Introduction: The benefit of a nanomedicine is due to its bioavailability, its intrinsic efficacy balanced with its toxicity profile. The nanomedicine should exhibit sufficient blood bioavailability for efficient accumulation at the target site. So far, a large part of the administered dose remains useless due to the high rate of clearance by the mononuclear phagocytic system (mainly by hepatic Kupffer cells). Enhanced bioavailability can be achieved by modifying physico-chemical properties of the nanomedicine but such modification affects also its efficacy and toxicity profiles. Ultimately, nanomedicines design results usually in a compromise between bioavailability, efficacy or toxicity. Here we propose a new approach to change the way nanomedicine are biodistributed, by priming the body to receive the treatment. This approach relies on the sequential administration of a nanoprimer before the nanomedicine. The nanoprimer is a nanoparticle designed to transiently occupy the main pathway responsible for the limited bioavailability of the nanomedicine. As such, the nanoprimer allows to redefine the bioavailability of the nanomedicine.
Methods: For proof of concept we designed a liposomal nanoprimer with specific physico-chemical properties. Its biodistribution was evaluated by labelling with gold nanoparticles. 24h after intravenous (IV) administration on mice, gold quantification was performed on sampled organs by ICPMS. Toxicity evaluation was performed by 3 IV injections of nanoprimer spaced of 24h on mice followed by a one week follow up of body weight and clinical signs. Histological liver and spleen observations and transaminases titration were performed 1 and 7 days after last injection. Evaluation of the impact of nanoprimer on nanomedicines bioavailability was performed by in vivo follow up of a fluorescent nanomedicine IV injected 10min after nanoprimer IV injection. Tumor growth delay experiment was performed by IV administration of nanoprimer 10min before irinotecan loaded liposomes on mice xenografted with HT29 (colorectal adenocarcinoma) tumor model once the tumor reached 150mm3. Treatment was repeated one week later.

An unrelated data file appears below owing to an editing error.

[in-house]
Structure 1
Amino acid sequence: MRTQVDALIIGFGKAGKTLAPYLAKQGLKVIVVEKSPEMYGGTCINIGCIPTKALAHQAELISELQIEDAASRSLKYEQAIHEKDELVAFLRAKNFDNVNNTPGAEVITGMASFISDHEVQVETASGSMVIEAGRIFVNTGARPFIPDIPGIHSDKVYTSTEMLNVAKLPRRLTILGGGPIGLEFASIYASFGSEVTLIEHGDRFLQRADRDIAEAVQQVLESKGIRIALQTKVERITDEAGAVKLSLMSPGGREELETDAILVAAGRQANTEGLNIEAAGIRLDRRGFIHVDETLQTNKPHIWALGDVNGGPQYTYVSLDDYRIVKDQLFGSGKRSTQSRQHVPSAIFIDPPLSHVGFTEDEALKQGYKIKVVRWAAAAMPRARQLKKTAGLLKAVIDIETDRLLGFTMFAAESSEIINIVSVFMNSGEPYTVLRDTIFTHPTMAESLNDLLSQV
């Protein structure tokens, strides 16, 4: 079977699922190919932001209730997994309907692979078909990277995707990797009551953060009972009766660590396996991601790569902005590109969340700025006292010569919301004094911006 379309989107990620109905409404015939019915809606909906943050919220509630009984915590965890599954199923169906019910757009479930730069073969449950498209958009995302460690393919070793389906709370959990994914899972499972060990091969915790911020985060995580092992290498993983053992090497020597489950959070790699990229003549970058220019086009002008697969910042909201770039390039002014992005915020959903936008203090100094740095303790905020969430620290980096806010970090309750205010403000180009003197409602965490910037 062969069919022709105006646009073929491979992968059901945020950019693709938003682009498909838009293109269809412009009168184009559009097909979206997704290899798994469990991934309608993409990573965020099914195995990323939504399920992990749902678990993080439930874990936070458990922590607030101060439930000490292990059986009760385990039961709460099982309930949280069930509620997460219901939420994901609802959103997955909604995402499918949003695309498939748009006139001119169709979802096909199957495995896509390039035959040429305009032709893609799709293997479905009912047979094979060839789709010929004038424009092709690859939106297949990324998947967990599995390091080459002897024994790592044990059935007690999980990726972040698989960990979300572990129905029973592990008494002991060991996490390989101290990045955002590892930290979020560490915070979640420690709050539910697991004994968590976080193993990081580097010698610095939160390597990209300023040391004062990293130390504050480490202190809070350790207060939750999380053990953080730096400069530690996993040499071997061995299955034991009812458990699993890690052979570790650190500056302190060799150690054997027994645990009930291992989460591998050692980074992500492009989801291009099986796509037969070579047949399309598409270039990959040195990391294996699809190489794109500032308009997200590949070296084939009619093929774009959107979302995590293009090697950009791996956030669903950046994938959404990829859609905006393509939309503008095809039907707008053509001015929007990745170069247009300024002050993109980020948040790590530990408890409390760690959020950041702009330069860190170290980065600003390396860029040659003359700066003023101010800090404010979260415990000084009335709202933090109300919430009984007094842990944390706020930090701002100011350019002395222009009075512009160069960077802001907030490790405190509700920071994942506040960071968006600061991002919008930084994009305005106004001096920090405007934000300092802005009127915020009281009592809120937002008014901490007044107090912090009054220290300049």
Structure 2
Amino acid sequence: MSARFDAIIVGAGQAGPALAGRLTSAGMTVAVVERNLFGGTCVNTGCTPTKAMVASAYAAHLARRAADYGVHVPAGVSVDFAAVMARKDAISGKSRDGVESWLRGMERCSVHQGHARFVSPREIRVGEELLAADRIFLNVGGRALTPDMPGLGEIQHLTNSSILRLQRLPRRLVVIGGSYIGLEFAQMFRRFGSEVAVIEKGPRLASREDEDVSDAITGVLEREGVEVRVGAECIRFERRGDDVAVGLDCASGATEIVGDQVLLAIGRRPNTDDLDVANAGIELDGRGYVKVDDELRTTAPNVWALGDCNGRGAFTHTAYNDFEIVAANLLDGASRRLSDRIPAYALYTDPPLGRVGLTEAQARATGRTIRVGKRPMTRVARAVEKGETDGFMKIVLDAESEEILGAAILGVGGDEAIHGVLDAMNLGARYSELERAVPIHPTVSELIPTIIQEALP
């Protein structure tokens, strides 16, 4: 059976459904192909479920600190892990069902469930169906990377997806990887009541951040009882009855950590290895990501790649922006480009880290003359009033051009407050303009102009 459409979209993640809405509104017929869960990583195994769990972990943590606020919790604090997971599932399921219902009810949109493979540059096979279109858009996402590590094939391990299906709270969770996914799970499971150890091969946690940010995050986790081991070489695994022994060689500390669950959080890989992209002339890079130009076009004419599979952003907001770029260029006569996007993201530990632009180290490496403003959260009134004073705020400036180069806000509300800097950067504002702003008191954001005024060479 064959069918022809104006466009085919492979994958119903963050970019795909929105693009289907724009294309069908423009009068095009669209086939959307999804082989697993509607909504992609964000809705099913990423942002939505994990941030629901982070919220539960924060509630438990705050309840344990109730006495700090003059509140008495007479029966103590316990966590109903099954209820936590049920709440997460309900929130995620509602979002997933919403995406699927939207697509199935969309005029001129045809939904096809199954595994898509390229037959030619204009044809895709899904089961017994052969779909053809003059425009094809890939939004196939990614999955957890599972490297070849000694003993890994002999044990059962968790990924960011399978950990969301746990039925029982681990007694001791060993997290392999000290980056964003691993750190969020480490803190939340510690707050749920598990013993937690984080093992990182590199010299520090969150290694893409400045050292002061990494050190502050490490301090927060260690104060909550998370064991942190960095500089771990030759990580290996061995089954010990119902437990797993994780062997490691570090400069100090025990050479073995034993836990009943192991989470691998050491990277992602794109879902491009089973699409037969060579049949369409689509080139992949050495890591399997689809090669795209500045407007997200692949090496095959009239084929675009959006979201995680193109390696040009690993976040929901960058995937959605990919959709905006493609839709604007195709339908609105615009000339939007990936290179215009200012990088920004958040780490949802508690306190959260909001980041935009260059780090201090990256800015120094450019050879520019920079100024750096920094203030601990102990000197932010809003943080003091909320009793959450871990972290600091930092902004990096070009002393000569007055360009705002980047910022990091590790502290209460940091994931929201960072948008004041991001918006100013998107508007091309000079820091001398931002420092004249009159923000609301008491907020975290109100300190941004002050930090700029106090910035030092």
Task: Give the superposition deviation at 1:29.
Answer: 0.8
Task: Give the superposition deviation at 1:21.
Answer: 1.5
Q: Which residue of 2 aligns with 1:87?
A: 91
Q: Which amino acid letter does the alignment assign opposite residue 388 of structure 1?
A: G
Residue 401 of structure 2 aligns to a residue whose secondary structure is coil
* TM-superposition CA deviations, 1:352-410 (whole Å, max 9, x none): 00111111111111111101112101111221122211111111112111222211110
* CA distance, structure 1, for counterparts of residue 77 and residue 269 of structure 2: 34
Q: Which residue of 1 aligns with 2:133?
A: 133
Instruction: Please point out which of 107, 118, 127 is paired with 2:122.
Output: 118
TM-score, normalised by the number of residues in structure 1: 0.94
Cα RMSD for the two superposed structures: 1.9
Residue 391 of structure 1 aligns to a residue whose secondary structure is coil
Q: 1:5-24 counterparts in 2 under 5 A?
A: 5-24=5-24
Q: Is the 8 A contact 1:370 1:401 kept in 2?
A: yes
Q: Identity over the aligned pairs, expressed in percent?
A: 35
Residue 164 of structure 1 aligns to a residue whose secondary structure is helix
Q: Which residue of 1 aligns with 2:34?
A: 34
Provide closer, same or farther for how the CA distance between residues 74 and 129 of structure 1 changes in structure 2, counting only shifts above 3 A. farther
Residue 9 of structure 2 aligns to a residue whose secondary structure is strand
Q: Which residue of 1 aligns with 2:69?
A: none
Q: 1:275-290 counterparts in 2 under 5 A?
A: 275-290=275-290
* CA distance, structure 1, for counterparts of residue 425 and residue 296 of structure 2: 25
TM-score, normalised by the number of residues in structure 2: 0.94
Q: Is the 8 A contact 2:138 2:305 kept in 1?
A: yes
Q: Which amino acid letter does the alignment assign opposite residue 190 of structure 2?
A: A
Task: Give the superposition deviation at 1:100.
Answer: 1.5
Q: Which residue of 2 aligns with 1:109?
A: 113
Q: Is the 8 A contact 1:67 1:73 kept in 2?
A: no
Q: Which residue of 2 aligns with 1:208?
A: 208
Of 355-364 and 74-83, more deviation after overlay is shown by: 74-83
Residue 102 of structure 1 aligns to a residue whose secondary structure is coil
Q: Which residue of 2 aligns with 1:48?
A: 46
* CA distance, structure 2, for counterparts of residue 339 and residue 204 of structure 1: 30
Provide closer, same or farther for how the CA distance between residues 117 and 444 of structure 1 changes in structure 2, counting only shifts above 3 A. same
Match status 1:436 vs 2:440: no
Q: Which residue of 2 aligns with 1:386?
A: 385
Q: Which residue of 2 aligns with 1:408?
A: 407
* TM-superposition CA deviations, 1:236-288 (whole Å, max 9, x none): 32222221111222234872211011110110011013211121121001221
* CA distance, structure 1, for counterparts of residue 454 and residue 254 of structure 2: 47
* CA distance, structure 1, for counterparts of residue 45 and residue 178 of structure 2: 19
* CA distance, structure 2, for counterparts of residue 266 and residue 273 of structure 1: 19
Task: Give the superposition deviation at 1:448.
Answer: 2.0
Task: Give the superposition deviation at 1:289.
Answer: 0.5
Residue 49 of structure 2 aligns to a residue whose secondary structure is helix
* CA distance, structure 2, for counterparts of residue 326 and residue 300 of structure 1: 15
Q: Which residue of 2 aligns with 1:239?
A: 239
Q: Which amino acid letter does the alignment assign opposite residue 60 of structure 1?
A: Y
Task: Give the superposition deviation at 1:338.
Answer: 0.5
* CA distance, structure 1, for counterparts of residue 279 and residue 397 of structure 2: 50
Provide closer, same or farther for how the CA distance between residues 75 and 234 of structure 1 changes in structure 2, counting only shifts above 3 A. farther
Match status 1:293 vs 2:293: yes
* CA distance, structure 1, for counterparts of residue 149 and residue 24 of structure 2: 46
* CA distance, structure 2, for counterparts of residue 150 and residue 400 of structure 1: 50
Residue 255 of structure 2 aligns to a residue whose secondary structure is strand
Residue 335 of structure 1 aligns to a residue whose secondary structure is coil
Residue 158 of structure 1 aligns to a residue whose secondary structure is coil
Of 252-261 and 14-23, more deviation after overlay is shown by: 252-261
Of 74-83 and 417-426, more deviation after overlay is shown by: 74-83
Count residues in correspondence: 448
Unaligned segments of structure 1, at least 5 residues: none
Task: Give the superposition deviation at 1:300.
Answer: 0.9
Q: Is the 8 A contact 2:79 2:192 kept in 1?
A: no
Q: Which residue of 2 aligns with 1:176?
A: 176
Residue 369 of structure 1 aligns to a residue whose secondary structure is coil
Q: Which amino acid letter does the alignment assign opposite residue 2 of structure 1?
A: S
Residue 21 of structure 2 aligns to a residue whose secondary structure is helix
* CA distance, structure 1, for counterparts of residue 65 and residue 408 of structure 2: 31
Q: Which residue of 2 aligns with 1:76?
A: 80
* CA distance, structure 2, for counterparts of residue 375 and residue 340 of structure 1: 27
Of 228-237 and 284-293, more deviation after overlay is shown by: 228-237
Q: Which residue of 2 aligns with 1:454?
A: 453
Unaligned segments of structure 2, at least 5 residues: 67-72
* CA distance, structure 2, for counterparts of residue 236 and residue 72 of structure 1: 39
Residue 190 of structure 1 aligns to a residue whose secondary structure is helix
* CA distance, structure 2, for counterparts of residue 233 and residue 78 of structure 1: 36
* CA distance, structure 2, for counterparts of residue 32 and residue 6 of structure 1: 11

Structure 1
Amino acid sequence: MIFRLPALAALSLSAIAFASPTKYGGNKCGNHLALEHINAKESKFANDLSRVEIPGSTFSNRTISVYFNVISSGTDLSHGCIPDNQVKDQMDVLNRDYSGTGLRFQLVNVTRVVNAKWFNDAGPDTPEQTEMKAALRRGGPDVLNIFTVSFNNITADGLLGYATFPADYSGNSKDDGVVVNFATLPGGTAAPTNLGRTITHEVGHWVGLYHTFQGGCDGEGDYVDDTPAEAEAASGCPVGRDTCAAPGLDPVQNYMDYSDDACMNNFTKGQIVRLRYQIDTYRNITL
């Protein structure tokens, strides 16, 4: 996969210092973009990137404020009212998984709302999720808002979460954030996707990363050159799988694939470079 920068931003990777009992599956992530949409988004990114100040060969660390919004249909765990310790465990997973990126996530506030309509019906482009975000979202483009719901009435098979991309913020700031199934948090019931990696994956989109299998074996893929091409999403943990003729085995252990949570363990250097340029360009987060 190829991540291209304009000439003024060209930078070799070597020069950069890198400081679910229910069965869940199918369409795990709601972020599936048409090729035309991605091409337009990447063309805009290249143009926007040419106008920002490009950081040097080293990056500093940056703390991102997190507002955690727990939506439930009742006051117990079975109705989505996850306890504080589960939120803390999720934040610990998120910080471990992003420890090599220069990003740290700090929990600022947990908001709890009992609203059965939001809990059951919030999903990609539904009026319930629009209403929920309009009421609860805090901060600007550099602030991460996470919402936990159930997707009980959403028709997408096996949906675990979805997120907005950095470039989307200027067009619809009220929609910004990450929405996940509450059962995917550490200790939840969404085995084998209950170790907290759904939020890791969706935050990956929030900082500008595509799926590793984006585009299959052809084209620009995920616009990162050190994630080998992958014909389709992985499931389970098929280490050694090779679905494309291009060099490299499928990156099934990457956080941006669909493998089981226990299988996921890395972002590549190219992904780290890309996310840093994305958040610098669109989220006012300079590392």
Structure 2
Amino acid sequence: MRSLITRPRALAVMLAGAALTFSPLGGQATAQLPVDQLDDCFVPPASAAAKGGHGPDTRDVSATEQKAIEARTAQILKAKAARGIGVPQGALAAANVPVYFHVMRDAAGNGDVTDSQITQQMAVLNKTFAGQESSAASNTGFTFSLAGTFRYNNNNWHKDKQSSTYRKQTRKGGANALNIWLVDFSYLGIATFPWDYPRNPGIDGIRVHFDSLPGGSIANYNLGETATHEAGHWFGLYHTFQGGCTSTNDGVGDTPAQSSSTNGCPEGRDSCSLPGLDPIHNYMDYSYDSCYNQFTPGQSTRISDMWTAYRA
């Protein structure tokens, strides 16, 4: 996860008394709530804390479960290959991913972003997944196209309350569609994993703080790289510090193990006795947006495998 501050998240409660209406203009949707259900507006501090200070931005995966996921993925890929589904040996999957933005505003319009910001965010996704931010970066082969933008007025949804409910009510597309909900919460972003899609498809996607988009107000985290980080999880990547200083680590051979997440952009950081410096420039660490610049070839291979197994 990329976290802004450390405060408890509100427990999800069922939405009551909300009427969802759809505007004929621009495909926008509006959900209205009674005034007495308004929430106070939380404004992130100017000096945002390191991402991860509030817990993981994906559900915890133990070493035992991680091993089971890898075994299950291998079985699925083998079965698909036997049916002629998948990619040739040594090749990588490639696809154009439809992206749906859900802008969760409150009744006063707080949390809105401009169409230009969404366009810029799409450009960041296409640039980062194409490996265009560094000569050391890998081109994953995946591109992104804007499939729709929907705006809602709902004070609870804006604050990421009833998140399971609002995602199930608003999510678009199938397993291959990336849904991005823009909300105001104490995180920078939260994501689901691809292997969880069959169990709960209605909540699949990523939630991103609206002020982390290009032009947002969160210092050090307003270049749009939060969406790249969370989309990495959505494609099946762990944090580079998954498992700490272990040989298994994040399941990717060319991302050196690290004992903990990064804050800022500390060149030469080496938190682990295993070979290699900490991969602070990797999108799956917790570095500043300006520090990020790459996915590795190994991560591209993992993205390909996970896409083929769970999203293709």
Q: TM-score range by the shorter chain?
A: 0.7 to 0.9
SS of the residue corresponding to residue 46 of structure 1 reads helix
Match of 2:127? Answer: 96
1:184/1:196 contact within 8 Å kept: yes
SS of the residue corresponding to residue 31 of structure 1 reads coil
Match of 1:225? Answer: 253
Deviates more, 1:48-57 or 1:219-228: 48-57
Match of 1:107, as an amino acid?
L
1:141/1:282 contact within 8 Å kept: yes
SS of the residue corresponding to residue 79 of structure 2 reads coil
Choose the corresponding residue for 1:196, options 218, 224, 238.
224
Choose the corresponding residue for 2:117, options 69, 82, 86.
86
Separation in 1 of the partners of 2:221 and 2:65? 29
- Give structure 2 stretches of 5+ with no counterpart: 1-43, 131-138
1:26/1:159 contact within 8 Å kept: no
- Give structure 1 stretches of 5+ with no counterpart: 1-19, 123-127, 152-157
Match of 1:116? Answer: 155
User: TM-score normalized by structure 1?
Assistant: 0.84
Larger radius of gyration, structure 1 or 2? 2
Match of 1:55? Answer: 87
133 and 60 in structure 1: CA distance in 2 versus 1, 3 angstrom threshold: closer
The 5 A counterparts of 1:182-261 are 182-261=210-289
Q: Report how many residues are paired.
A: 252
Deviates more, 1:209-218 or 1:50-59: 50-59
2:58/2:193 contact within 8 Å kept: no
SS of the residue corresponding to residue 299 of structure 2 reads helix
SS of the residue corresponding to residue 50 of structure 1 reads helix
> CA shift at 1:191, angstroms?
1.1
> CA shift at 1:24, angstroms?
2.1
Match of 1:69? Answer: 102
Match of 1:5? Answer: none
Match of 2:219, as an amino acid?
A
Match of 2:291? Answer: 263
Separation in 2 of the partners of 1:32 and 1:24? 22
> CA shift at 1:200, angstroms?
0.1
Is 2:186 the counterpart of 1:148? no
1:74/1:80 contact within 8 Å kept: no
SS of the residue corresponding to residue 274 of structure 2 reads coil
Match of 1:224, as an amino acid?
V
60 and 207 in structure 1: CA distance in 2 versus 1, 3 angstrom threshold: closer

Results: The liposomal nanoprimer presents a preferential hepatic accumulation. No signs of systemic or hepatic toxicity were observed with maximized dose of this nanoprimer. Nanomedicine bioavailability studies showed a transient increase of nanomedicine blood bioavailability correlated with a lower hepatic accumulation when combined to nanoprimer. Finally efficacy study showed that nanoprimer markedly enhanced anti-tumor efficacy of irinotecan loaded liposomes in the HT-29 model when compared to the nanomedicine alone.
Body priming may benefit to a wide variety of existing products modulating their bioavailability and may open perspective to design new nanomedicines by decreasing the notion of compromise between bioavailability, efficacy and toxicity.
Citation Format: Matthieu Germain, Laurence Poul, Marie-Edith Meyre, Marion Paolini, Francis Mpambani, Maxime Bergere, Agnes Pottier, Laurent Levy. Redefine nanomedicine products bioavailability to improve anti-tumor efficacy [abstract]. In: Proceedings of the American Association for Cancer Research Annual Meeting 2018; 2018 Apr 14-18; Chicago, IL. Philadelphia (PA): AACR; Cancer Res 2018;78(13 Suppl):Abstract nr LB-072.